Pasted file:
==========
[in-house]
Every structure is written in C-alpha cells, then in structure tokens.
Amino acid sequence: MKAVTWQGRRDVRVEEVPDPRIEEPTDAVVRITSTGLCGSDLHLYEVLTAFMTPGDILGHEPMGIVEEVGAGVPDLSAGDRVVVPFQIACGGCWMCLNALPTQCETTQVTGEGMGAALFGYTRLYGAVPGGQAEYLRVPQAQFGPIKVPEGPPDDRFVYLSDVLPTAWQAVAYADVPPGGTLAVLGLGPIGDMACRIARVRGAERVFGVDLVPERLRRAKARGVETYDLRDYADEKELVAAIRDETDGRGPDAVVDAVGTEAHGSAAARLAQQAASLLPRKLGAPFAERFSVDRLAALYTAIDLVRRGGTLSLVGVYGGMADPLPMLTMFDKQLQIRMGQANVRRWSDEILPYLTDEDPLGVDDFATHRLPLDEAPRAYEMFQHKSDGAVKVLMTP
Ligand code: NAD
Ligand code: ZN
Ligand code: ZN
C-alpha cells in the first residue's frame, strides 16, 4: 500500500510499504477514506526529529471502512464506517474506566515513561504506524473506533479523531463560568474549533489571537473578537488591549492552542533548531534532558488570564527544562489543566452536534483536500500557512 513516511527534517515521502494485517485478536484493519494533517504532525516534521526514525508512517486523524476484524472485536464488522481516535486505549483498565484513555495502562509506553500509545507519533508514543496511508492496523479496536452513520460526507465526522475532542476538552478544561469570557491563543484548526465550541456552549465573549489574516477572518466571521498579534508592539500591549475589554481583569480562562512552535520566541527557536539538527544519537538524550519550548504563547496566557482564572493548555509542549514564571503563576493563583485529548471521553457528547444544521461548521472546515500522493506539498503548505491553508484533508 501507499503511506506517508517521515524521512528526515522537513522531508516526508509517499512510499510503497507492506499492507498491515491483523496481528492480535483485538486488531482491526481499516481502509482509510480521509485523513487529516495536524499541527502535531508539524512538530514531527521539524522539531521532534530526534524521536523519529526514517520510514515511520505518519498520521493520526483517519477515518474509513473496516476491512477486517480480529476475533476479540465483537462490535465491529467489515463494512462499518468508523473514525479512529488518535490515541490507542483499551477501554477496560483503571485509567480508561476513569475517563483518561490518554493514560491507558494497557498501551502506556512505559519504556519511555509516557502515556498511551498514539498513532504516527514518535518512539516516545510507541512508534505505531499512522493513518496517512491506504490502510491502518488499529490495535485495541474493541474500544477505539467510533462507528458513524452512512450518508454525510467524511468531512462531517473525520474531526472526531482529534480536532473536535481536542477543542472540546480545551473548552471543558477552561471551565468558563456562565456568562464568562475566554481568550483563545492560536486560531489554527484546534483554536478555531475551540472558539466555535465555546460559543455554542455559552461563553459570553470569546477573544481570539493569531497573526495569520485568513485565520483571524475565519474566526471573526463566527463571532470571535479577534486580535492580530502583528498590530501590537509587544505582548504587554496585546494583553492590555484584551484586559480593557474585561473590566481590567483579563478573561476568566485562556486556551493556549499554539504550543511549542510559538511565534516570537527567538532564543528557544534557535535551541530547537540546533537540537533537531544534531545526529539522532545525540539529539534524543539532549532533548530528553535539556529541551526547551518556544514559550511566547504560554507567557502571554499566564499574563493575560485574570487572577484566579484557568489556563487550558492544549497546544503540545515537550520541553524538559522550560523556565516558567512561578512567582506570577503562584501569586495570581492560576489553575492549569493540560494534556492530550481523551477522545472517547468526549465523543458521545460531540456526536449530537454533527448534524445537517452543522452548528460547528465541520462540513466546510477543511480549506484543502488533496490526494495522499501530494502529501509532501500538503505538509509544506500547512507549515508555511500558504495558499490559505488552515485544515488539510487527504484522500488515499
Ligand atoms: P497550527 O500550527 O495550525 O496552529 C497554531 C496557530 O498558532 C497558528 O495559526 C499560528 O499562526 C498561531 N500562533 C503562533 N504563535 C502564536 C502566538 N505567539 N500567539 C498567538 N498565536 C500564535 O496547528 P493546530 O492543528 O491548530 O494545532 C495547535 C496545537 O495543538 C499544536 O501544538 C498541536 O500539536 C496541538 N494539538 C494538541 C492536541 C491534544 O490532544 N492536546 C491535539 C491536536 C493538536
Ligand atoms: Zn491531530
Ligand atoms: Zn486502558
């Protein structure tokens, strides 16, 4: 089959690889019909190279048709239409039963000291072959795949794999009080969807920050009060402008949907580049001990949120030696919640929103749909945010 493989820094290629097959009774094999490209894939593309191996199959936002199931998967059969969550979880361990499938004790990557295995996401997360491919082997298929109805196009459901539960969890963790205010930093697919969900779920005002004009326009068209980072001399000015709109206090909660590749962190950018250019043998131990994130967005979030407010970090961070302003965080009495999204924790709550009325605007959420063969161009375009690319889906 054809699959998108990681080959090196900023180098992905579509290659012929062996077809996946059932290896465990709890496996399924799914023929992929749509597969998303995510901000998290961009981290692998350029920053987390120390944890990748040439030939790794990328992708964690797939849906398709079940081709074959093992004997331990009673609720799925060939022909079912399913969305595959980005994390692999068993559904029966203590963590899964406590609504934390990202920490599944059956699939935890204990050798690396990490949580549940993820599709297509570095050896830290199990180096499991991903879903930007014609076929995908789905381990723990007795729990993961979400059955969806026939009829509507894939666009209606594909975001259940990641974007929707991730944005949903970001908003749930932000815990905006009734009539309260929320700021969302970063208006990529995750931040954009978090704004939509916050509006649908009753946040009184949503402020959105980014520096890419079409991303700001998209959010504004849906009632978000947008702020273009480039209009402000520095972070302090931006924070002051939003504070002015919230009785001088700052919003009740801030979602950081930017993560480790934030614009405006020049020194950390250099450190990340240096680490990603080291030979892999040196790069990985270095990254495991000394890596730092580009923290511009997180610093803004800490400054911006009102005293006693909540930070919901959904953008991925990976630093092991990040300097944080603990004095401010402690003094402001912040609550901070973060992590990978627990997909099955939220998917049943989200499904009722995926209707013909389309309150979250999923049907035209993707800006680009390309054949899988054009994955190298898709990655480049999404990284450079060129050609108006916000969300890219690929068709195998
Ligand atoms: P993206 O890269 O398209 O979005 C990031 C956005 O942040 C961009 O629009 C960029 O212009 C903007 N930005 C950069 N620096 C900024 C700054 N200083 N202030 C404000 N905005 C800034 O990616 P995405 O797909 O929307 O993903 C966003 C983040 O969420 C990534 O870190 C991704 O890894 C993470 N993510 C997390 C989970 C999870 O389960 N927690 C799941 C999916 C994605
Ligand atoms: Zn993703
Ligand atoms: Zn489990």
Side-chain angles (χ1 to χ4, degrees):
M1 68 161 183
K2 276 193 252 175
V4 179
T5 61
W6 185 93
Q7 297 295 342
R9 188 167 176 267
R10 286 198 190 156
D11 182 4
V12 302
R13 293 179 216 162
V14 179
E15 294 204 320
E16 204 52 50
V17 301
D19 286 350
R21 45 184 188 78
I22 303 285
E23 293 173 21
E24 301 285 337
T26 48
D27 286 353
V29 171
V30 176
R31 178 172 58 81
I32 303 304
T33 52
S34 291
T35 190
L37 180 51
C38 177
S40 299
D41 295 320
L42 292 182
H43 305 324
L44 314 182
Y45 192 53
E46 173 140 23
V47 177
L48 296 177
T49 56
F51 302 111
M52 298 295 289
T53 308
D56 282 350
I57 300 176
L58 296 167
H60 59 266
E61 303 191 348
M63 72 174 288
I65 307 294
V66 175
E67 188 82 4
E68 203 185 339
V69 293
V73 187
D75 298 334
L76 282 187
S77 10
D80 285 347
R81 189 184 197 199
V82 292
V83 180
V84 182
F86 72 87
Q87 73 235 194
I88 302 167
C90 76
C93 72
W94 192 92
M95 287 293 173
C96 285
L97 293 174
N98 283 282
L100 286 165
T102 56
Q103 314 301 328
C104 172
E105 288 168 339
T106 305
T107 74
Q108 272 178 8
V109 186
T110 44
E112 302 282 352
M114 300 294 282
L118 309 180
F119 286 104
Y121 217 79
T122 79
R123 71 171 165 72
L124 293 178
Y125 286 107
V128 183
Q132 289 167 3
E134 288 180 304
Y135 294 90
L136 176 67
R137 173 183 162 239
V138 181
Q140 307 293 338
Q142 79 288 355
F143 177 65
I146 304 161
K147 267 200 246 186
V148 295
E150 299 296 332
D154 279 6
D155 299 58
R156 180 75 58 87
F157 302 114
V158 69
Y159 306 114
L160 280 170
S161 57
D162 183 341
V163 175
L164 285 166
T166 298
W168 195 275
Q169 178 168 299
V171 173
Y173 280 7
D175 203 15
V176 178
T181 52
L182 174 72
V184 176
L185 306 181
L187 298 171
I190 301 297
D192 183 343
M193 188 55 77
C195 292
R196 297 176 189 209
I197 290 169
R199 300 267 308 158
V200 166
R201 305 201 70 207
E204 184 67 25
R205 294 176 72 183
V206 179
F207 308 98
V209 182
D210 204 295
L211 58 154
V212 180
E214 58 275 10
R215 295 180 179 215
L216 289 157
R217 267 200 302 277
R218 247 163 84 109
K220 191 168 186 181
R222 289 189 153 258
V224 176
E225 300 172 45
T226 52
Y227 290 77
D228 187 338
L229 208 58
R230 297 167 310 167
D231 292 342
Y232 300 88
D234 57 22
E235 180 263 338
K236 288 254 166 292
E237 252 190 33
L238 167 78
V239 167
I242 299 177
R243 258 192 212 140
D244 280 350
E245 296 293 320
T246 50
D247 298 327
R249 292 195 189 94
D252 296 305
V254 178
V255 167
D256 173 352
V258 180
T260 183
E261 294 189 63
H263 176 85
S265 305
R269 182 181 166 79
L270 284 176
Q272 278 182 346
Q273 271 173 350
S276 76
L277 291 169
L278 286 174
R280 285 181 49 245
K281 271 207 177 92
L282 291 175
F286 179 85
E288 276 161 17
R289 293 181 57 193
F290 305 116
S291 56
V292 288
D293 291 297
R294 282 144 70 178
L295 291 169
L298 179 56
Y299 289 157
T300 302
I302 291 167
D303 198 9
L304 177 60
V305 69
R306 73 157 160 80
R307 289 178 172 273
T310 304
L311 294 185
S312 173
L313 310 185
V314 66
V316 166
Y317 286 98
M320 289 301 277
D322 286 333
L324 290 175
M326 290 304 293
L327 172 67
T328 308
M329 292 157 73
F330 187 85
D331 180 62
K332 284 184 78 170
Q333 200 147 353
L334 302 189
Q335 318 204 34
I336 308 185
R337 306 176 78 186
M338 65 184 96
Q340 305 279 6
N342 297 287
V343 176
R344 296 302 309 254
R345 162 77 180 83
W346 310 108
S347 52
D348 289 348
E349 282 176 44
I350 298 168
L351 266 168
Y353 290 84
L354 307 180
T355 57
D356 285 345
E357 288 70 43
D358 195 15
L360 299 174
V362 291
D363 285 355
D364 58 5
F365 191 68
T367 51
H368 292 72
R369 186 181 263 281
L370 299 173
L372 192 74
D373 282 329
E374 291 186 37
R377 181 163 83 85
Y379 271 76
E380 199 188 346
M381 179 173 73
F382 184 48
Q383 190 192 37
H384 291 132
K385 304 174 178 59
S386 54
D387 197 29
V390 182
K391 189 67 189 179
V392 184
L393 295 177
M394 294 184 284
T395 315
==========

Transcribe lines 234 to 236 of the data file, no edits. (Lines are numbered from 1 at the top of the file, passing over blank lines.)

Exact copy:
V316 166
Y317 286 98
M320 289 301 277